When news broke this spring that the property’s current owner wants to raze the building, a lot of people — older people, those who remembered — said they’d be glad to see it go.
The definition of party in the Hamptons has shifted over the years, the changes driven by many things. Mostly money. Buckets and buckets of it. Fame, too. Celebrities used to escape to the East End to avoid the spotlight, but eventually they began racing out east to bask in it. Everything became a commodity as the curtain fell on the 20th century: not just actual real estate, but place names, bragging rights to localism, square footage on the beach, even telephone-number exchanges. This cultural shift paved the way for the glitzier club scene of the ’90s, where velvet ropes became an every-night thing and the lines guarded by bouncers grew longer. Clubs like JetEast and Life at Tavern didn’t have V.I.P. sections–the owners described the club’s patrons as entirely V.I.P. Fun, as the
Hamptons knew it, evolved. Or devolved, depending on who you ask.
The days when a group of college kids or 20-somethings from Manhattan could rent a summer place — make some cash waiting tables, and spend nights at a disco — are over. Regulation might have started the decline of the share house, but the pandemic was its death knell. Young people are all but priced out of the East End these days.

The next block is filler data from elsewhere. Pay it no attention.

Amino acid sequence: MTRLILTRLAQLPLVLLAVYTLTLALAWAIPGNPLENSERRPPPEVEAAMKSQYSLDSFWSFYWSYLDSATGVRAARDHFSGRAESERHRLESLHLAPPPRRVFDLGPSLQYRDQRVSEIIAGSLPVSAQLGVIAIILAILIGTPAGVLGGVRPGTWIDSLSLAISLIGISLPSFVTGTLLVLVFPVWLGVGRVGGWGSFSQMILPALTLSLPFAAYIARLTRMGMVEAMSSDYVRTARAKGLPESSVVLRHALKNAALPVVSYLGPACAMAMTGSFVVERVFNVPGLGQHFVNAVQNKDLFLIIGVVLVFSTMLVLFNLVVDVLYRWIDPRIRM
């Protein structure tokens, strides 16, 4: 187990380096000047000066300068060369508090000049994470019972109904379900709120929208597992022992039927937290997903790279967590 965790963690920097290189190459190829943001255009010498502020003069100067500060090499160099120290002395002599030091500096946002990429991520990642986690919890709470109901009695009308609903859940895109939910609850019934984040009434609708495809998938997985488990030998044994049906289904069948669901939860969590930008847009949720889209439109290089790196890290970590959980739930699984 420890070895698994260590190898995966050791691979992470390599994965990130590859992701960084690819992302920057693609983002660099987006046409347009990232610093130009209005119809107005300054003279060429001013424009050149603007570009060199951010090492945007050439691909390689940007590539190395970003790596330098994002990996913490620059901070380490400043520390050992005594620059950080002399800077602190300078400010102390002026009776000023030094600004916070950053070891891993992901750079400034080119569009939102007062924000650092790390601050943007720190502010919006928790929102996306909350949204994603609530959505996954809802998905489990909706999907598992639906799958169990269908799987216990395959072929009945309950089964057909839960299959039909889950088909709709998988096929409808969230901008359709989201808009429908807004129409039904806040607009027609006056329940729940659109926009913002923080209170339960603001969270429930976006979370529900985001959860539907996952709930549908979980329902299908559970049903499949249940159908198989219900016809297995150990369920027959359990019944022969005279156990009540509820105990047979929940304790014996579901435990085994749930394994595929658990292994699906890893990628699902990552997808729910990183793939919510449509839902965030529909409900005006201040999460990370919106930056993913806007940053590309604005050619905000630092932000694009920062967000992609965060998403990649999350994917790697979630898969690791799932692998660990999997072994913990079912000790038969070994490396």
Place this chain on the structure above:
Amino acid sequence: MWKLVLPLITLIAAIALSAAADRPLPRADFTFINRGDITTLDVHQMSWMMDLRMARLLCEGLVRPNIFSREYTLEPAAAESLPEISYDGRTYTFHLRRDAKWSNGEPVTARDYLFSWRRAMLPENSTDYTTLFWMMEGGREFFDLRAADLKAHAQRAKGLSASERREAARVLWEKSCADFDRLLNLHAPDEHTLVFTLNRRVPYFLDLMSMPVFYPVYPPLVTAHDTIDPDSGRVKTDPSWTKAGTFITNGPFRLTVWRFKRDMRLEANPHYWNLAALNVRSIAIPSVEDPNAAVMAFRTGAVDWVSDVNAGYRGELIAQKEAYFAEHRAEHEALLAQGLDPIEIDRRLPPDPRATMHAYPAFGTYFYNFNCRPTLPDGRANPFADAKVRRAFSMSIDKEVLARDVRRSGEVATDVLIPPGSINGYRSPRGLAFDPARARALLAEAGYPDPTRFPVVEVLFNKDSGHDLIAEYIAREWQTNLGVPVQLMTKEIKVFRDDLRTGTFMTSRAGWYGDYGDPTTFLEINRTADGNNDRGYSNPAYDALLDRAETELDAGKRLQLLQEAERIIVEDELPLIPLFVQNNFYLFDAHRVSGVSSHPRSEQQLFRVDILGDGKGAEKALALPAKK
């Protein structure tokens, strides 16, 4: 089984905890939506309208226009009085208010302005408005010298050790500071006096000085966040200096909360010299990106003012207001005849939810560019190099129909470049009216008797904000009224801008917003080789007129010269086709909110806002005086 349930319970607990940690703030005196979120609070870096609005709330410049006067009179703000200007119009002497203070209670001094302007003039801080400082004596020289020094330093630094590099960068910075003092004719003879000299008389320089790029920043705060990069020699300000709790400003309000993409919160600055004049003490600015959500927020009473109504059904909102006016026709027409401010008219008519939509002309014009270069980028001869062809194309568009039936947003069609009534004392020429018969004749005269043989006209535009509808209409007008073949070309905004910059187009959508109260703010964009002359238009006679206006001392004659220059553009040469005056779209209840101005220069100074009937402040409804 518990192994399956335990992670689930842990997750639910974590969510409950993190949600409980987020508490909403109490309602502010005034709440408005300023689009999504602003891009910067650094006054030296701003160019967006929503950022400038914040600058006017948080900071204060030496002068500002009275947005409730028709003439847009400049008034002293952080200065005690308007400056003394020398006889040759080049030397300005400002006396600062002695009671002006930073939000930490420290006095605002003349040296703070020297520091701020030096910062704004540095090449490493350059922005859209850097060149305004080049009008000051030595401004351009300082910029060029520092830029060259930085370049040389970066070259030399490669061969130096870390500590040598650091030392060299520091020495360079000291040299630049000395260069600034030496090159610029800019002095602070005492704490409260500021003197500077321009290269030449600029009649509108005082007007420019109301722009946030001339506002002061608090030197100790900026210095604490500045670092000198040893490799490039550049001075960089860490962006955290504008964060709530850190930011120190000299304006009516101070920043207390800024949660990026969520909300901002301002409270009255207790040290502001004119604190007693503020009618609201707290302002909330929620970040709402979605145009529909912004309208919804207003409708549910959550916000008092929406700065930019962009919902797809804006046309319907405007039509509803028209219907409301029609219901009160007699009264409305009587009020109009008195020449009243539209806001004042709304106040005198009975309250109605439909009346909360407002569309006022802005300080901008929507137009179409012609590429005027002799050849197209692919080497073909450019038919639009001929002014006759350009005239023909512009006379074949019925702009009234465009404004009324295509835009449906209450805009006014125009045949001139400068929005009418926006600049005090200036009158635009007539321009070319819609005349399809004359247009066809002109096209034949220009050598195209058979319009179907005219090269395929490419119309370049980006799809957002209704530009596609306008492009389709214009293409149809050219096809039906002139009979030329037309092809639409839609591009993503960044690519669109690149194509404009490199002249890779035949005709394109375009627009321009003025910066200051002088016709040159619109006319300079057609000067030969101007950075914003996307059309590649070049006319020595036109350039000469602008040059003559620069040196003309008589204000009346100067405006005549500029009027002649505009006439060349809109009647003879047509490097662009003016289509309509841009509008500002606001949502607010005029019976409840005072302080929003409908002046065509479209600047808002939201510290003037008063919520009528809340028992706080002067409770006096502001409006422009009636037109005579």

Sarah Rehm, age 24, is a dancer by profession and she has only heard about dance clubs from her parents. They talk about how places like that no longer exist. “There’s nowhere to dance,” she said. Nowhere affordable to have fun on the East End either. She lives in Holbrook. Her Hamptons experience today requires intense research and mostly off-season visits. For her 24th birthday, she, her brother, and some friends rented a condo in Montauk for two nights. “Because of the cost, we decided to cook in one night,” she said, “We researched to find a burger that was $20, not $40.” They researched an affordable place to hang out after dinner, too, and ended up at the Stephen Talkhouse, where the cover that night was $10. (Of course, when a hot band is playing the Talkhouse, the price of entry goes up to $100 or more.) Given the cost of the South Fork, the North Fork is where Rehm and her friends will be heading for fun this summer.
“Employees nights” — or “industry nights” — were a big thing among young people in the ’90s. “It was affordable,” said Heather Wyatt, whose family has had a house in East Hampton for three generations. She remembers hanging out at 44 Three Mile Harbor when it was Diamond Lils, once with a group of people that included Jerry O’Connell “before he was anyone.” She and her friends would go there or to Oceans in Amagansett at least twice a week.
Wyatt and her friends always worked summer jobs, as kids did then. She used to save for college with her tips from the Lobster Roll, collecting envelopes of cash to carry her through the year. “The party didn’t even start until midnight,” she said. “You had to go home and shower after work.” She’d wear her pin-straight hair down and dance until 4 a.m., not caring that it got soaked. “The next day, we’d wake up and go do a double.” Wyatt said.
“Everyone has internships now,” she added, somewhat ruefully.